Sunday, August 17, 2014

Why Michael Brown’s death is important to BATs

Since BATs’ inception both its detractors and would be supporters have continued to ask, “If not the reform agenda, then what?” And it is a valid question, not because teachers have done anything wrong, or because schools have not provided content knowledge and thinking skills, but because not all our children have been getting equal access to the same education opportunities; and by far the higher proportion of children in poverty who have not been getting equal access are children who are brown or black.
(Please note, I am not saying the poverty or challenges of poor white children should be disregarded, or that growing poverty in all areas of our population is unimportant, only that black and immigrant children tend to be represented in higher proportions among those affected by poverty, and that disproportionate representation needs to considered and addressed.)
For years before the reform movement, we as a whole society framed the issue of equal access to education as an issue of poverty, and tried to avoid or gloss over the ways in which poverty is related to the racial divisions among us. Almost no one has wanted to examine how desegregation of schools, which was the hope of the Civil Rights generation, has not done away with the inequalities among us as so many hoped. Idealists truly thought Integrated schools would bring our whole culture into equilibrium and our nation to complete fulfillment of its promise for all.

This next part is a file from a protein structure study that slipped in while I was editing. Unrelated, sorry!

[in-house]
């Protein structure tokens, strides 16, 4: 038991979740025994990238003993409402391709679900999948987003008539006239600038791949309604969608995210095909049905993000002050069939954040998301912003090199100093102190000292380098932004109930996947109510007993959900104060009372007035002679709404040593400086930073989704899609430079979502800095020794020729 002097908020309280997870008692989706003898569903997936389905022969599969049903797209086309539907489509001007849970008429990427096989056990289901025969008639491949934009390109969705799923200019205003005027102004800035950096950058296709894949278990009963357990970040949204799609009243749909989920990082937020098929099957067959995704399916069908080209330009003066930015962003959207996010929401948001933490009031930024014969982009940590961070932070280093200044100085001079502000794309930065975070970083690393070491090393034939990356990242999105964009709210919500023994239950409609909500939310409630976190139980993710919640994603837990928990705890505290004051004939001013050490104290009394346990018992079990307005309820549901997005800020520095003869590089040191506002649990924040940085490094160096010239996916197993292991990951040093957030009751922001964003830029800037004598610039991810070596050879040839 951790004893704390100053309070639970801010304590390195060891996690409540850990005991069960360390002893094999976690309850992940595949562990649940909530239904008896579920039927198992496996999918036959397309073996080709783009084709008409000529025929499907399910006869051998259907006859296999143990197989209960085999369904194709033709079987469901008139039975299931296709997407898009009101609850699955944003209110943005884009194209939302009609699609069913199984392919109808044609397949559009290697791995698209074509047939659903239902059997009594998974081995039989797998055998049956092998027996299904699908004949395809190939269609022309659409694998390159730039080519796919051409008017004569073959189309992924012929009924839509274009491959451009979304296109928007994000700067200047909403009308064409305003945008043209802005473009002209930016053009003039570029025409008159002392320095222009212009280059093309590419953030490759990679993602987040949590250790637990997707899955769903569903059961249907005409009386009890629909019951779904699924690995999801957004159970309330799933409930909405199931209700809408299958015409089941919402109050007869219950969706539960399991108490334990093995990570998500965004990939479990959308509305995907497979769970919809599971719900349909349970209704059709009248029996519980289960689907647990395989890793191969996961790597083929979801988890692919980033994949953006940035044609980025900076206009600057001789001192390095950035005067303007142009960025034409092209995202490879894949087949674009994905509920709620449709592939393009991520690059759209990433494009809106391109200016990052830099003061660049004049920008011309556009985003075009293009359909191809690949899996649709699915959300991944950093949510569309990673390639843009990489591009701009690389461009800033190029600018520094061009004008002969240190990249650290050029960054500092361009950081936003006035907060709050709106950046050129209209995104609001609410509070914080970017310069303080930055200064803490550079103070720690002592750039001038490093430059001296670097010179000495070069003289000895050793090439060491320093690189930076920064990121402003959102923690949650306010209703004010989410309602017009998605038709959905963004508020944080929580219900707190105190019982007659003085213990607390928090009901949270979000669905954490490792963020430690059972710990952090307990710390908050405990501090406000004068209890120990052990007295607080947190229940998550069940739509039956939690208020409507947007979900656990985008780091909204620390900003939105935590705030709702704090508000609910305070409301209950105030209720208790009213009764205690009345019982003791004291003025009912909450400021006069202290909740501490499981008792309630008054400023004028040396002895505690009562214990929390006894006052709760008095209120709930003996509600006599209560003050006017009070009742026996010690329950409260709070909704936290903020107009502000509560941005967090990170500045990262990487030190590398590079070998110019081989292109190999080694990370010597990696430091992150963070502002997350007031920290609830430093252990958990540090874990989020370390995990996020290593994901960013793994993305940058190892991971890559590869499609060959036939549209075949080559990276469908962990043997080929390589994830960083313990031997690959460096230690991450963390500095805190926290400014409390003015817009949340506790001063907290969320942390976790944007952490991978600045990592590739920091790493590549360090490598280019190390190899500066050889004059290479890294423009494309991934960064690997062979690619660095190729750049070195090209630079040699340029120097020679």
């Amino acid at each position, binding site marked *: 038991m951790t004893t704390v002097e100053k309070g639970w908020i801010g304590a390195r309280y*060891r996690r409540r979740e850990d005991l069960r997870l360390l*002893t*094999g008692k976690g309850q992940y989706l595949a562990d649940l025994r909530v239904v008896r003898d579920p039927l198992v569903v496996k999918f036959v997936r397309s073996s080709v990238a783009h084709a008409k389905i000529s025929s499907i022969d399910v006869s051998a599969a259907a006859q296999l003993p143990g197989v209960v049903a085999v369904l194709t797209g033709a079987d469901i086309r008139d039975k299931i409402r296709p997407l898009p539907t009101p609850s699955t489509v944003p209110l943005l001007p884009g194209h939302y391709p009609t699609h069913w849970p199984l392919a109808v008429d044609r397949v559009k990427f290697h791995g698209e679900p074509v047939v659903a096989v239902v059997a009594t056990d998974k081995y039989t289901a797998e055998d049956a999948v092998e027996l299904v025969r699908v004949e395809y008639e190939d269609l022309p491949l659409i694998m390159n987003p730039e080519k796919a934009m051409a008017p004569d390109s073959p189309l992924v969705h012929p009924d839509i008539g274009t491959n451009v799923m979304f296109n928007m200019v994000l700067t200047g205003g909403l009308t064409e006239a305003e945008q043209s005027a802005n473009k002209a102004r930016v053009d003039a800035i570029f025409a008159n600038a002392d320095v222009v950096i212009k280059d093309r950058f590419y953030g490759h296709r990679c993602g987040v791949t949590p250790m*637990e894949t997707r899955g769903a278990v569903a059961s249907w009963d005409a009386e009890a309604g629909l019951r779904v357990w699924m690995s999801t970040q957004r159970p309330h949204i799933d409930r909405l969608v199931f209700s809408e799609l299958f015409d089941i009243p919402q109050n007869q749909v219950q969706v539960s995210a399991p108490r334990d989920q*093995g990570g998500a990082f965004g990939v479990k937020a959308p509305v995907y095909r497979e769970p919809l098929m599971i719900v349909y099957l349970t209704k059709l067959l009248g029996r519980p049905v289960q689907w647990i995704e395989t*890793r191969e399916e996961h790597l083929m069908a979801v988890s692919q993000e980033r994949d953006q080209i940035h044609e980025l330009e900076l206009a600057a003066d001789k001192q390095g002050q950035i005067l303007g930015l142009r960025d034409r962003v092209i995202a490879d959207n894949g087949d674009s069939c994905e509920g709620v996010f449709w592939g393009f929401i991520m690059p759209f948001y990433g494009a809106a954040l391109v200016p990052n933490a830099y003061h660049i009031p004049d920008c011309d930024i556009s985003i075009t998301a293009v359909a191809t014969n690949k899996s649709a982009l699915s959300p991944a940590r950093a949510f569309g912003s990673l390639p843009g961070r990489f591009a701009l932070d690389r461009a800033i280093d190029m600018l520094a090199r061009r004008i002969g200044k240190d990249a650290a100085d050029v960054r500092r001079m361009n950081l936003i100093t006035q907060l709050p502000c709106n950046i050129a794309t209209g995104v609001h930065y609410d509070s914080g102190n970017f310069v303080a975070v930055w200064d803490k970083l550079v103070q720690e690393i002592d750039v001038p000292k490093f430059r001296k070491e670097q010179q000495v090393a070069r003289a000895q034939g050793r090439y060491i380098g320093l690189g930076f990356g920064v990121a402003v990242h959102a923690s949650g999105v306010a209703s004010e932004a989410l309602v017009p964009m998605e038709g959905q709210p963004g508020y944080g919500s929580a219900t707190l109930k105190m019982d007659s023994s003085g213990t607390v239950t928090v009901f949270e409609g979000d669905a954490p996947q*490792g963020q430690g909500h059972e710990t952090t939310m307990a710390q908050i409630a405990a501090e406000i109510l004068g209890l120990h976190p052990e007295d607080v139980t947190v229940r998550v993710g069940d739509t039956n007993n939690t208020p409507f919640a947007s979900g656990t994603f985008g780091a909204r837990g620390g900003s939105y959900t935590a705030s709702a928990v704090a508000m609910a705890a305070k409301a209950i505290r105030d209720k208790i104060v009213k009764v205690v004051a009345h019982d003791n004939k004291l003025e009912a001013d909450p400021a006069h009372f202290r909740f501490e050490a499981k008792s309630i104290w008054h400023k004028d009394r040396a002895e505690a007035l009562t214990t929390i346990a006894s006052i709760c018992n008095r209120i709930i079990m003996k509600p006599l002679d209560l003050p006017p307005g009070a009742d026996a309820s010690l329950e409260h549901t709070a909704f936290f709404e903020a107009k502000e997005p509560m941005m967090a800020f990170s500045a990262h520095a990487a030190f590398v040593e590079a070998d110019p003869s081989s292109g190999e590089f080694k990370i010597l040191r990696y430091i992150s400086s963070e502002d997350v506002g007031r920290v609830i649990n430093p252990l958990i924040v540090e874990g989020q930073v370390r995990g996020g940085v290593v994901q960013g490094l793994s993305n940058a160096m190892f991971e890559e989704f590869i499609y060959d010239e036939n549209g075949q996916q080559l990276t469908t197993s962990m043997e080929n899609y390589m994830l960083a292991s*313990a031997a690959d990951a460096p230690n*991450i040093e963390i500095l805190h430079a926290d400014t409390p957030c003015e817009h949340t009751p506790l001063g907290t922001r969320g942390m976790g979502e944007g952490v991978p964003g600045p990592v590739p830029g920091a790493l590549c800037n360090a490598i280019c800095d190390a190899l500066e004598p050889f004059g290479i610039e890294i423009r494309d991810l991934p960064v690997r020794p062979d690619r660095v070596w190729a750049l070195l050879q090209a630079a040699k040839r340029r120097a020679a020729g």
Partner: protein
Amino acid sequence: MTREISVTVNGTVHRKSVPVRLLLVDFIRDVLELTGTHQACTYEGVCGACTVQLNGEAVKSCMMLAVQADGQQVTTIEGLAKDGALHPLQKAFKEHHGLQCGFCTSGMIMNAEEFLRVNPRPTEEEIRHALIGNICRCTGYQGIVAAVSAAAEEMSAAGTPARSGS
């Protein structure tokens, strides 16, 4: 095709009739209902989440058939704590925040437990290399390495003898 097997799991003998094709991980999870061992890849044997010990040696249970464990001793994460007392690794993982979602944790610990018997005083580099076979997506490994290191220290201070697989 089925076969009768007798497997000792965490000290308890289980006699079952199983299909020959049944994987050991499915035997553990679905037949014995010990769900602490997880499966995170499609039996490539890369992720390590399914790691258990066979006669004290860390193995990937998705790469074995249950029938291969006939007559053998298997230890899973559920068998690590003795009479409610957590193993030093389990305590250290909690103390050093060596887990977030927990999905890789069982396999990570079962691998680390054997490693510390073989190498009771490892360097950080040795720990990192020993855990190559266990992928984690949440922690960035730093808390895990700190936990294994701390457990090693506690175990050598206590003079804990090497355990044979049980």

It was a staggering responsibility placed upon education and teachers in particular; to bring about an equal and just society in a single generation, or maybe two, after 350 years as a deeply divided and unequal nation. Yet, that was the great expectation placed upon us with the assumption that we would be able to achieve this miracle in spite of no special resources or preparation.
It is no wonder that we are considered failures against the measure of such a task. Yet, that is still the charge- confusingly articulated and impossible though it be. Though reformers are ignorant of the complex details of what it means to be able to help children and young people learn and become, they are in part expressing the disappointment which is echoed by parents and communities of color, that the promise of an equal and just society has not been fulfilled, regardless of our efforts, or who is president, or the legend of a color-blind society.
So, we find ourselves in 2014, a nation still deeply divided by race when it comes to education, income, and life opportunities; divided from one another and still prey to the prejudices and biases of the last 400 years; our schools’ attempts at integration more or less abandoned and our schools of color being labelled failing and then closed in favor of for-profit schools; with a school-to-prison pipeline that is depriving our entire nation of the talents that might have come from a fully empowered generation of young black men and women.
Reform has made this problem of inequity worse, and certainly the artificially imposed and misguided standards and testing from the reform agenda will continue to make it worse if we do not come up with ways we can at least begin to change the systemic problems. Though it is clear these are societal problems, not just school problems, as teachers we are the largest group of trained, organized and engaged people who can affect the changes in our culture and society for the better.